Policy Shifts Reflect Servicing’s Post-Crisis Priorities
September 6, 2016
Editor’s Note: This article is part of the National Mortgage News 40th Anniversary Special. Click here to see more from the report.
Mortgage servicing has undergone a dramatic transformation in response to the housing crisis. The business practices and new regulations shaping this transformation fundamentally changed how servicers interact with borrowers by requiring extensive loss mitigation options to ensure that servicers exhaust all options before moving forward with foreclosing on a borrower.
Going forward, a focus on the consumer will define how servicers approach their business and regulators oversee their operations.
“We’ve had standard assistance programs for customers before, like repayment plans and forbearance,” said Janice Kay “JK” Huey, senior vice president of foreclosure and asset management at Wells Fargo.
“But then as more loans were starting to go into default, we saw Treasury get involved in helping us develop, as well as Fannie and Freddie and HUD, their own programs,” she continued. “They wanted to make sure we were doing all that we could to help customers stay in their homes.”
Even as short-term measures wind down and servicers reduce their staffing levels in step with declines in delinquency and default rates, the regulations and strategies implemented to address the unprecedented foreclosure crisis will help servicers more adequately respond to the next market downturn. And given the cyclical mortgage industry, the question of a future downturn isn’t “if,” but “when.”
“Twenty years from now, we’ll probably go through another two or three cycles,” Huey said.
The challenge, Huey said, lies in maintaining underwriting standards that adequately protect lenders and investors from unnecessary risks without being so restrictive that consumer can’t qualify for loans.
“What we’ve tended to see, particularly over the last 10 or 12 years, is when you get too tight, then you get too lax. How do we find the right balance to make sure that there’s steadiness in the market?” Huey said.
The regulatory response to the subprime mortgage crisis has been markedly different from the actions that regulators took in the wake of the savings and loan crisis in the late 1980s and early 1990s.
“I’d say definitely there was more of a consumer focus this time,” said Huey, a 35-year veteran of the mortgage industry, who experienced both crises firsthand.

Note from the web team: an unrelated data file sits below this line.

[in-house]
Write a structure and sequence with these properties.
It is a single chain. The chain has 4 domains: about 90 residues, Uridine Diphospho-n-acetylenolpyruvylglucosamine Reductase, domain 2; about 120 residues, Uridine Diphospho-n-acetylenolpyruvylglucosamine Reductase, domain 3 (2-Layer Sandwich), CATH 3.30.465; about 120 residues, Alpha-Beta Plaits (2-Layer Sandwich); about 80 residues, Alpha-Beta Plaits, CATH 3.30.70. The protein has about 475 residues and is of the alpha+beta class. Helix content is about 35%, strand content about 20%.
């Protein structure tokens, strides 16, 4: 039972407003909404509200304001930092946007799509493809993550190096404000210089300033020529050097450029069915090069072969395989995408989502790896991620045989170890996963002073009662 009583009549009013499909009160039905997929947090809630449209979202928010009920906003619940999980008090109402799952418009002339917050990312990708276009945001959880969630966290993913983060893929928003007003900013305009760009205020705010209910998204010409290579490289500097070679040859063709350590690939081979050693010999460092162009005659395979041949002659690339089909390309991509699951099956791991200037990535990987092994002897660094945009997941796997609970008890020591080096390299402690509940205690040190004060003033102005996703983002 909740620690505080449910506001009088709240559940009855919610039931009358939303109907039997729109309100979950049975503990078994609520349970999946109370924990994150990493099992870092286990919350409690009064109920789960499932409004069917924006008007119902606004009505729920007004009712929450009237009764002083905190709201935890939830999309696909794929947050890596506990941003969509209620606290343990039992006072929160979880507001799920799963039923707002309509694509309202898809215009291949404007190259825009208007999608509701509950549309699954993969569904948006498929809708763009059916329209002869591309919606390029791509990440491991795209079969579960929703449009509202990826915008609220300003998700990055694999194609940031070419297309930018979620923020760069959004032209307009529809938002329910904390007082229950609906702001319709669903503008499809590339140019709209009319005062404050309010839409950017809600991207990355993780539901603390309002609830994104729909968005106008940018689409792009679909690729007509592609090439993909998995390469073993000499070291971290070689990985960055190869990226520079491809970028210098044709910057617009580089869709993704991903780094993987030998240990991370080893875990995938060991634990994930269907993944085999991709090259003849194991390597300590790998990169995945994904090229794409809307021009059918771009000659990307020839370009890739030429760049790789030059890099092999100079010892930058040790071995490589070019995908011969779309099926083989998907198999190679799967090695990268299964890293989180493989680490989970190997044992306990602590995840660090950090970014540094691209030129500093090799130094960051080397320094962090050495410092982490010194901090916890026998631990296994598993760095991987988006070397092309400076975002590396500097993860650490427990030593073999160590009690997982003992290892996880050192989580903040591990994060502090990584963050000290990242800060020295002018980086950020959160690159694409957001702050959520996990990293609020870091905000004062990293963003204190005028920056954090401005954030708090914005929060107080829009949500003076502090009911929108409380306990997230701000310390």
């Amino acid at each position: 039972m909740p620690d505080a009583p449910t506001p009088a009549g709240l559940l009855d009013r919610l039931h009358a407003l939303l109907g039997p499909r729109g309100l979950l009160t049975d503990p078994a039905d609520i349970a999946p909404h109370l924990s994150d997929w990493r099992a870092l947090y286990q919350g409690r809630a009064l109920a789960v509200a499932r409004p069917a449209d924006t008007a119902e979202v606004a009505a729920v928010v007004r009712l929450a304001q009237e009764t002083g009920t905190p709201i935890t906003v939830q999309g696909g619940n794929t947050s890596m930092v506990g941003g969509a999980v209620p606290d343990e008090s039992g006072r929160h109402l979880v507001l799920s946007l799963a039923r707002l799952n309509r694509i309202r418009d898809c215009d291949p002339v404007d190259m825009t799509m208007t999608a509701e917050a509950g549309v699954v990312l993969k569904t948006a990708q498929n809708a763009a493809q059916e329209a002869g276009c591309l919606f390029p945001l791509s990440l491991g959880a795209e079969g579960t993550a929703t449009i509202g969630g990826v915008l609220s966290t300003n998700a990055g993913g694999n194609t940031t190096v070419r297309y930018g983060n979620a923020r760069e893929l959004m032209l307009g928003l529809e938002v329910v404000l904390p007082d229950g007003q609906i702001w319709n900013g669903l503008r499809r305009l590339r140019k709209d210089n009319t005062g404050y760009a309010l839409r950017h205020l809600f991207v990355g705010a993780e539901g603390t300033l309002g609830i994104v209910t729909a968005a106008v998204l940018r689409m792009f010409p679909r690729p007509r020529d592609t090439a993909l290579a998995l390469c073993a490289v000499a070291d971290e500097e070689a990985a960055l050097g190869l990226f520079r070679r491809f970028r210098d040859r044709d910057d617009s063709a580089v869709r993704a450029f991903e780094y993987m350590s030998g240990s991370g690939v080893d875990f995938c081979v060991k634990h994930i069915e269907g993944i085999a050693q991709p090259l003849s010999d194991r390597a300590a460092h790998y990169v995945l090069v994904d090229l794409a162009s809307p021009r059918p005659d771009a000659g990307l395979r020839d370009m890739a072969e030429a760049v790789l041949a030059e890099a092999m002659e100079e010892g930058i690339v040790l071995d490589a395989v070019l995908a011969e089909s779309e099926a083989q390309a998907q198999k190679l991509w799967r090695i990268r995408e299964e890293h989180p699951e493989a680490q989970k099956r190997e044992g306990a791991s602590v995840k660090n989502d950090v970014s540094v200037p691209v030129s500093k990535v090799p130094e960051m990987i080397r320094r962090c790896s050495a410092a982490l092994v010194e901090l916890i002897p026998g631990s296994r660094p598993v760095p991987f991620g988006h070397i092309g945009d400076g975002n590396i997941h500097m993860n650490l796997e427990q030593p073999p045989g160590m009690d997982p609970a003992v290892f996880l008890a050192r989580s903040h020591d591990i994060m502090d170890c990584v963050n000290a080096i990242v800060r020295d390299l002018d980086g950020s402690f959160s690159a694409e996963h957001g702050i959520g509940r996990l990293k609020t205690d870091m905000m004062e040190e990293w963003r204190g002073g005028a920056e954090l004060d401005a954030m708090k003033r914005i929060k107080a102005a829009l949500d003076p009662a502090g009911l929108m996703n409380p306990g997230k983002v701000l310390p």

“In the S&L crisis, regulators were just making sure they liquidated the S&L and sold off the mortgage operation. You didn’t see the focus on the consumer as much as what was the S&L doing and was it able to survive,” said Huey, a native of Texas, where the S&L crisis hit the hardest.
“In this case, while there were takeovers of the banks, in some cases, to ensure that they had the assets to support the liabilities, regulators were then focused on what caused this and what’s going on in the mortgage side of the business that could have caused the demise of the bank.”
This difference is perhaps best exemplified by the formation of the Consumer Financial Protection Bureau and the wide-reaching effect that the agency has had on monitoring both depository and nonbank mortgage lenders and servicers.
“While we’ve been a very regulated industry, especially on the banking side, there became a lot more regulatory focus on what servicers and lenders were doing,” in response to the subprime crisis, Huey said.
Because banks were already subject to Office of the Comptroller of the Currency regulation, the adjustment to CFPB oversight was different for nonbanks in the mortgage industry.
“That was something new I think for nonbanks, and CFPB is very engaged in looking at shops to make sure that we’re doing what’s right for the consumer,” Huey said.
While the volume of new defaults and backlog of foreclosures are both in decline, the regulatory focus on consumers is also present on the local level, as servicers work with county and municipal governments to address concerns about neighborhood blight stemming from foreclosed and vacant properties.
“The volumes are starting to come down and a lot of the focus that you’re seeing now is working on how do we help restabilize those communities?” Huey said.
As housing market and overall economic conditions continue to improve, the servicing sector will go through another transition. Years of historically low interest rates may help keep borrowers from refinancing current loans. But as existing borrowers buy new homes and new consumers enter the mortgage market, portfolio retention strategies and adapting offerings to meet the demands of younger generations will be crucial.
“You need to market on the ability to provide the tools to meet the demands of the consumer and what they want today,” said Huey. And through all of those changes, Huey expects regulators will continue to maintain their focus on consumers.
“I don’t think we’ll ever see less regulation,” said Huey. “There’s going to be so much focus on making sure that what we’re doing is right for the consumer. Who can argue with that?”
Source: National Mortgage News